I’m not super skilled at programming – but one thing I think all humans involved will agree upon is that it’s just math. At the end of the day, all we’re doing are standard operations. Add x to y, save result to t. So on, and so forth, ad infinatum.
So, of course, my brain is busy thinking of boring things to bore me to full wakefulness each night, and I think to myself, self, we have many high level programming languages for computers to understand the math we want done, so that it’s easy for us, the humans, to understand, but I don’t know if we have a high level language for math itself.
So, my math capable friends, is this even a concept worth pursuing? A high level language for humans to better understand formula and such? I mean, a+b=c is fairly basic, and cannot be simplified much, but what about changing it to something like: $answer=$first_value !addto $second_value (but, you know, like good)? I realize my example is VERY similar to the low level math language, except more complex to read. There’s a good reason: variables and constants tend to be ambiguous until well defined. In a programming language all variables have a fairly standard method to be written so that everyone who reads the code instantly understands the variable purpose, even if they haven’t read its use yet. It just so happens that this particular example is very stupid to complexify. Take some really complex bit of math, and turn it into a C++ program sometime, and you’ll understand what I’m looking for. It’s just easier to parse (for me).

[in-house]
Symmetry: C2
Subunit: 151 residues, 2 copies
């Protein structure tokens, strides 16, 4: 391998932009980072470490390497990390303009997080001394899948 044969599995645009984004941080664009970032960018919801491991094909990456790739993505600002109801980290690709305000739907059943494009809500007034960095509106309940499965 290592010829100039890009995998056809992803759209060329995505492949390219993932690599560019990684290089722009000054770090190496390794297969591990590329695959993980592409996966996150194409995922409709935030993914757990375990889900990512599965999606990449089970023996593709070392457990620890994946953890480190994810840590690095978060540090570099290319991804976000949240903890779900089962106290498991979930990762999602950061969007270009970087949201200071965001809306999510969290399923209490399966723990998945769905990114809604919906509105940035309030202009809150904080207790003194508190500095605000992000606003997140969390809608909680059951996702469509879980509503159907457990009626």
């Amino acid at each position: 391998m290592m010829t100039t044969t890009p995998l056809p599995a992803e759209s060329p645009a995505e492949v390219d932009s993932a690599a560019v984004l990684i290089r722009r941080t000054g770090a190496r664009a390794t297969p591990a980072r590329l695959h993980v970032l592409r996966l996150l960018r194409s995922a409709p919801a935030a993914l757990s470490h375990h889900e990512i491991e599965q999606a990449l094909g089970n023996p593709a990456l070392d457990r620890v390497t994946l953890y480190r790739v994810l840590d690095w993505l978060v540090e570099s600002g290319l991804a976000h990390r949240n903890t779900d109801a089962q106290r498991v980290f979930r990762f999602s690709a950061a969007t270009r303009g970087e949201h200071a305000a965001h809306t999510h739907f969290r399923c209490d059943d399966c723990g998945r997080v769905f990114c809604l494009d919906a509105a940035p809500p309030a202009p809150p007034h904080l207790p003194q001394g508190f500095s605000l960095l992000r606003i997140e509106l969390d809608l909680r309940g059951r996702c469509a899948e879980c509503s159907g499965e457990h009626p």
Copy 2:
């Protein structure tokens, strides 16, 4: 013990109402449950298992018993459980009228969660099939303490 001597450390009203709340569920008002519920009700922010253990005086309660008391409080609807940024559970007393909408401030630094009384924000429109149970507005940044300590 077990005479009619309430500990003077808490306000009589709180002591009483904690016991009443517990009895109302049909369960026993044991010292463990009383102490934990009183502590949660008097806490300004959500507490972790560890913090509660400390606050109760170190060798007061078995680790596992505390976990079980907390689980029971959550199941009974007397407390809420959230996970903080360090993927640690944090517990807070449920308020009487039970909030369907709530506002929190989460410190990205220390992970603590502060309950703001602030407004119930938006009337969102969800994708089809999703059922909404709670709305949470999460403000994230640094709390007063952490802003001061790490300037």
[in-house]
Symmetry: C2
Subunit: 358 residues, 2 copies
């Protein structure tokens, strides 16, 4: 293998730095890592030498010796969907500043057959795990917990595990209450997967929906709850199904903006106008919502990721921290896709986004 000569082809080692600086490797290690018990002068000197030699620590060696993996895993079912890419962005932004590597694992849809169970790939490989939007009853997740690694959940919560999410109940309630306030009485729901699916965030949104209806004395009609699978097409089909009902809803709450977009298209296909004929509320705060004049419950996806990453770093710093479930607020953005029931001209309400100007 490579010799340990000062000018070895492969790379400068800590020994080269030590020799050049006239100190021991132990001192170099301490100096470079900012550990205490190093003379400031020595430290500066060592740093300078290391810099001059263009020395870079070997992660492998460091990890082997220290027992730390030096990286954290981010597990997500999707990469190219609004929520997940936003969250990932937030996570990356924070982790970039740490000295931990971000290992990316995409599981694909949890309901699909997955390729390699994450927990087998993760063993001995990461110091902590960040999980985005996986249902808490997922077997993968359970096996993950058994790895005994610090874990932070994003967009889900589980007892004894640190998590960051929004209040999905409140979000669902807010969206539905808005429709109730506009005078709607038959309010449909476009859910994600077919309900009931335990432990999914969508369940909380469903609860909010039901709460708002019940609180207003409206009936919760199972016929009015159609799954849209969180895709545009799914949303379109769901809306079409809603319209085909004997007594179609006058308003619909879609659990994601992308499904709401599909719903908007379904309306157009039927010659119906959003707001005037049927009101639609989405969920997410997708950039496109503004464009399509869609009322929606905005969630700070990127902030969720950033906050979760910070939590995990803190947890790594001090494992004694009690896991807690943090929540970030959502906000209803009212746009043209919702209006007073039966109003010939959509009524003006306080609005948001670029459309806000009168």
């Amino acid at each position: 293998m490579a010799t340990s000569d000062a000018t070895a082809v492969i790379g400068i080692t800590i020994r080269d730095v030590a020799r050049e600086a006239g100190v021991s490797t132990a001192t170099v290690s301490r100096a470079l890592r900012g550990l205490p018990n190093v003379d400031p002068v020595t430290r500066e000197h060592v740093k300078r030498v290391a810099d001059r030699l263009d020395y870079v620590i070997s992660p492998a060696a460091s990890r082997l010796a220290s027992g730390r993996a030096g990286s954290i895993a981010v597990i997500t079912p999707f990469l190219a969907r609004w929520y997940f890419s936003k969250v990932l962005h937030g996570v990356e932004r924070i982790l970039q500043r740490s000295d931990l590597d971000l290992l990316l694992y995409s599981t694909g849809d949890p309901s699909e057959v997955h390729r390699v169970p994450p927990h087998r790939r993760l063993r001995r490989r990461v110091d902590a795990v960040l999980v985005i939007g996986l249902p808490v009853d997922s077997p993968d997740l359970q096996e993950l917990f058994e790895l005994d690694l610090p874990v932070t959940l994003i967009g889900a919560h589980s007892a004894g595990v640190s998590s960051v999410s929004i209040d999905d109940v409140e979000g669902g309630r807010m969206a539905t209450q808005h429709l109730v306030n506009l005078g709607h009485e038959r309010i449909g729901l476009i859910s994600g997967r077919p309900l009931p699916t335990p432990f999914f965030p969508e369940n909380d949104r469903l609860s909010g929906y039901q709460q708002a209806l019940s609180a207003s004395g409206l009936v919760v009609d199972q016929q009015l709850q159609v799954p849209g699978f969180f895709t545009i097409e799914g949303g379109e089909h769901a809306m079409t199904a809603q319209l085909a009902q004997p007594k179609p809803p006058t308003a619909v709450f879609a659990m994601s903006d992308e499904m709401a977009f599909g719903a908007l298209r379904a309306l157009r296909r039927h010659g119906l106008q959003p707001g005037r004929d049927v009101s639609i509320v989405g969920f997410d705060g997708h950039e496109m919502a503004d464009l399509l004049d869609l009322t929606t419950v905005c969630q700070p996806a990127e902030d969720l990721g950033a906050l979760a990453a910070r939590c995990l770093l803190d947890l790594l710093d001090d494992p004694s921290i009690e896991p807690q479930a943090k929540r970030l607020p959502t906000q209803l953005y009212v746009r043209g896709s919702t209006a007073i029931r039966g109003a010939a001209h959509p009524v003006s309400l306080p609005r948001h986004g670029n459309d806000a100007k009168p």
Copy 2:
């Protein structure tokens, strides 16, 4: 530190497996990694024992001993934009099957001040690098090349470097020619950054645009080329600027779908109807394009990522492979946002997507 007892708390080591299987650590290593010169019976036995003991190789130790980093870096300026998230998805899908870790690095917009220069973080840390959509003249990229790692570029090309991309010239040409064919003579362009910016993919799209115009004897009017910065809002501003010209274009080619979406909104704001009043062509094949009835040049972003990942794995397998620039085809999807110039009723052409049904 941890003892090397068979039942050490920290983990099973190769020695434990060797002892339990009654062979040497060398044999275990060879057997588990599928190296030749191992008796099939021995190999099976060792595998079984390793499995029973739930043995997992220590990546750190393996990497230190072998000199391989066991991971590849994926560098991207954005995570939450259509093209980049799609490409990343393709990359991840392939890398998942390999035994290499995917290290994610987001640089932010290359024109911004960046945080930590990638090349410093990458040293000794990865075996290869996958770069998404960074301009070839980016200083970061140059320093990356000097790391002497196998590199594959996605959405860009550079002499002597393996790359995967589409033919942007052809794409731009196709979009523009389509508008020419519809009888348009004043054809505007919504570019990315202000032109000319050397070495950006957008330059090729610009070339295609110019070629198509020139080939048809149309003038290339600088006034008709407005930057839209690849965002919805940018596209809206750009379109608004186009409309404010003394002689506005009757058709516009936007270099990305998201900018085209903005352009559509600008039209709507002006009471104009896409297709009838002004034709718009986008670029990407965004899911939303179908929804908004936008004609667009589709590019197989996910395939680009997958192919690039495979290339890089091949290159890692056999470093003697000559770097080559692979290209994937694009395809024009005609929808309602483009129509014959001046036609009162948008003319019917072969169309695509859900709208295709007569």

I’ll take Pythagorean’s theorem.
$a = $a*$a $b=$b*$b $c=$a+$b sqrt($c)
Sure, it’s simpler to write a^2*b^2=c^2, and then you simply solve for sqrt of c^2, but you have to know ahead of time to do that. Learning the high language wouldn’t necessitate you know how to solve for c, it would tell you how. Indeed, you wouldn’t need to know the theorem at all. I don’t need to know assembly to write in BASIC, and it’s not even particularly useful to know it in that case. But knowing BASIC, I can make a computer do mostly anything. Knowing assembly allows the full set.
Am I making sense here? Is this reasonable?